Ventura Freeway

From the AARoads Wiki: Read about the road before you go
Jump to navigation Jump to search

Ventura Freeway

SR 134 highlighted in red; US 101 in blue
Route information
Maintained by Caltrans
US 101 from the Santa Barbara/Ventura county line[1] to North Hollywood
SR 134 from North Hollywood to Pasadena
Major junctions
West end US 101 at the Santa Barbara/Ventura county line
Major intersections SR 33 in Ventura
SR 126 in Ventura
SR 23 in Thousand Oaks
I-405 in Sherman Oaks
US 101 / SR 134 / SR 170 in North Hollywood
I-5 in Los Angeles
SR 2 in Glendale
East end I-210 in Pasadena
CountryUnited States
CountiesVentura, Los Angeles
Highway system
Southern California freeways
SR 133 SR 135

State Route 134

LocationPasadenaLos Angeles
Length14 mi[2] (23 km)

The Ventura Freeway is a freeway in southern California, United States, running from the Santa Barbara/Ventura county line[1] to Pasadena in Los Angeles County. It is the principal east-west route (designated north-south) through Ventura County and in the southern San Fernando Valley in Los Angeles County. From the Santa Barbara County line to its intersection with the Hollywood Freeway in the southeastern San Fernando Valley in Los Angeles (the Hollywood Split), it is signed as U.S. Route 101 (US 101), which was built in the late 1950s and opened on April 5, 1960.[3] East of the Hollywood Freeway intersection, it is signed as State Route 134 (SR 134) which was built by 1971.

Prior to the construction of a new alignment in 1971, the portion east of the Golden State Freeway was known as the Colorado Freeway in reference to nearby Colorado Boulevard, a historic thoroughfare in Pasadena and northeastern Los Angeles.

Route description

U.S. Route 101

The Ventura Freeway begins at the Santa Barbara/Ventura county line, west of La Conchita, as US 101. It travels eastward through the citrus orchards and strawberry fields of the Oxnard Plain before ascending the short, steep Conejo Grade into the Conejo Valley. Continuing eastward through the northern Santa Monica Mountains, it crosses the Ventura/Los Angeles county line before entering the San Fernando Valley. The freeway continues eastward along the valley's southern rim, crossing the San Diego Freeway (Interstate 405) near Sherman Oaks at an interchange consistently rated as one of the five most congested in the nation. It then reaches an interchange with the Hollywood Freeway known as the Hollywood Split. Here, the US 101 designation switches to the southeast-bound Hollywood Freeway, while the Ventura Freeway becomes SR 134 as it continues eastward. The northwest-bound portion of the Hollywood Freeway is designated as SR 170.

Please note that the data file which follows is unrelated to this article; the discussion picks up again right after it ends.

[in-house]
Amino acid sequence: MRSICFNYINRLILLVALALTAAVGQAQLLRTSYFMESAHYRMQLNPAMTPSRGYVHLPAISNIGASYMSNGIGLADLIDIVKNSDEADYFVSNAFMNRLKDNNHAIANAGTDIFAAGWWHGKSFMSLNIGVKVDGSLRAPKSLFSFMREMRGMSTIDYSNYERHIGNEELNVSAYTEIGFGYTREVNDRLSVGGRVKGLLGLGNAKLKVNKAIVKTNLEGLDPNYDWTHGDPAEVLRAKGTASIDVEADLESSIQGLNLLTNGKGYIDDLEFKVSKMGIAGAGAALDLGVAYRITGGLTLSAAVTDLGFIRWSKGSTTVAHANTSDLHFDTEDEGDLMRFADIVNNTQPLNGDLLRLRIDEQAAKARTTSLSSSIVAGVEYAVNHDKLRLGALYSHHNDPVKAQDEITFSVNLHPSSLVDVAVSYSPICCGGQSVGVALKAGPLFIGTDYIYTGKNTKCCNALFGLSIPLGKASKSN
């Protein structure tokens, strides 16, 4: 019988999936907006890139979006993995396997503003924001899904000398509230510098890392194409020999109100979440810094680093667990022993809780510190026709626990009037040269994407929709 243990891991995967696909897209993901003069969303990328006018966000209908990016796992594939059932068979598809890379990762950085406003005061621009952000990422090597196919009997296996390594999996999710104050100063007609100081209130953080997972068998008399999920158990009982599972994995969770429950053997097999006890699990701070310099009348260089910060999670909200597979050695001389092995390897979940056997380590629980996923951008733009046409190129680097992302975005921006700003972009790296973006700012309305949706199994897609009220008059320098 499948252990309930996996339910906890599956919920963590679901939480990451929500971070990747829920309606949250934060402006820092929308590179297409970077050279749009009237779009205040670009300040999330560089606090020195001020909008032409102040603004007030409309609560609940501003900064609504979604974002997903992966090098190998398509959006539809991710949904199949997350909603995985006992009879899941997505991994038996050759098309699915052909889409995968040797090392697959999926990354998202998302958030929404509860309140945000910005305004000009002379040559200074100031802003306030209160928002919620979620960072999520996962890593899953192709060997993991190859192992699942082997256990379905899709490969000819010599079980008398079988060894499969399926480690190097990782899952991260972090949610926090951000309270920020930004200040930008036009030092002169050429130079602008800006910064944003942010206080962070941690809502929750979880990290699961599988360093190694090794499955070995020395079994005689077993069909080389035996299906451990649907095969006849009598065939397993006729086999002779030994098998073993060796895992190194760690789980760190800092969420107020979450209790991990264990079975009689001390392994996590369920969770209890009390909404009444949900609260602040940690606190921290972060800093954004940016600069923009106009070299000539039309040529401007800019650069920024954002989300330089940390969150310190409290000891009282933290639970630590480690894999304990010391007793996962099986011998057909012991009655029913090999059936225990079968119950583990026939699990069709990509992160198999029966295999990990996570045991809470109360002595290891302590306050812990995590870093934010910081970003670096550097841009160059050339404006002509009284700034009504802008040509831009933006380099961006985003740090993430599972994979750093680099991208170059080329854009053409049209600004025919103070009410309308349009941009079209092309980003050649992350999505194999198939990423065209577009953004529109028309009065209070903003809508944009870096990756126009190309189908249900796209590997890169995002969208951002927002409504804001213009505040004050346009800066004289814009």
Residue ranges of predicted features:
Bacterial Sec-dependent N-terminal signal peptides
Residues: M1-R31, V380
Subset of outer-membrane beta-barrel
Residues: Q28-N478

The portion of the Ventura Freeway signed as US 101 is signed as a north-south route by CalTrans despite the freeway's actual alignment being east-west. This is due to the fact that US 101 as a whole has a north-south alignment. The apparent inconsistency can be confusing to visitors, as the same freeway entrance can often be signed as "101 North" and "101 West." This is most common in the San Fernando Valley.

California State Route 134

The SR 134 portion of the Ventura Freeway at the western edge of Burbank, California looking west from N Pass Ave.
The Ventura Freeway crosses the Los Angeles River at its confluence with Verdugo Wash
Westbound SR 134 near I-5 in Glendale.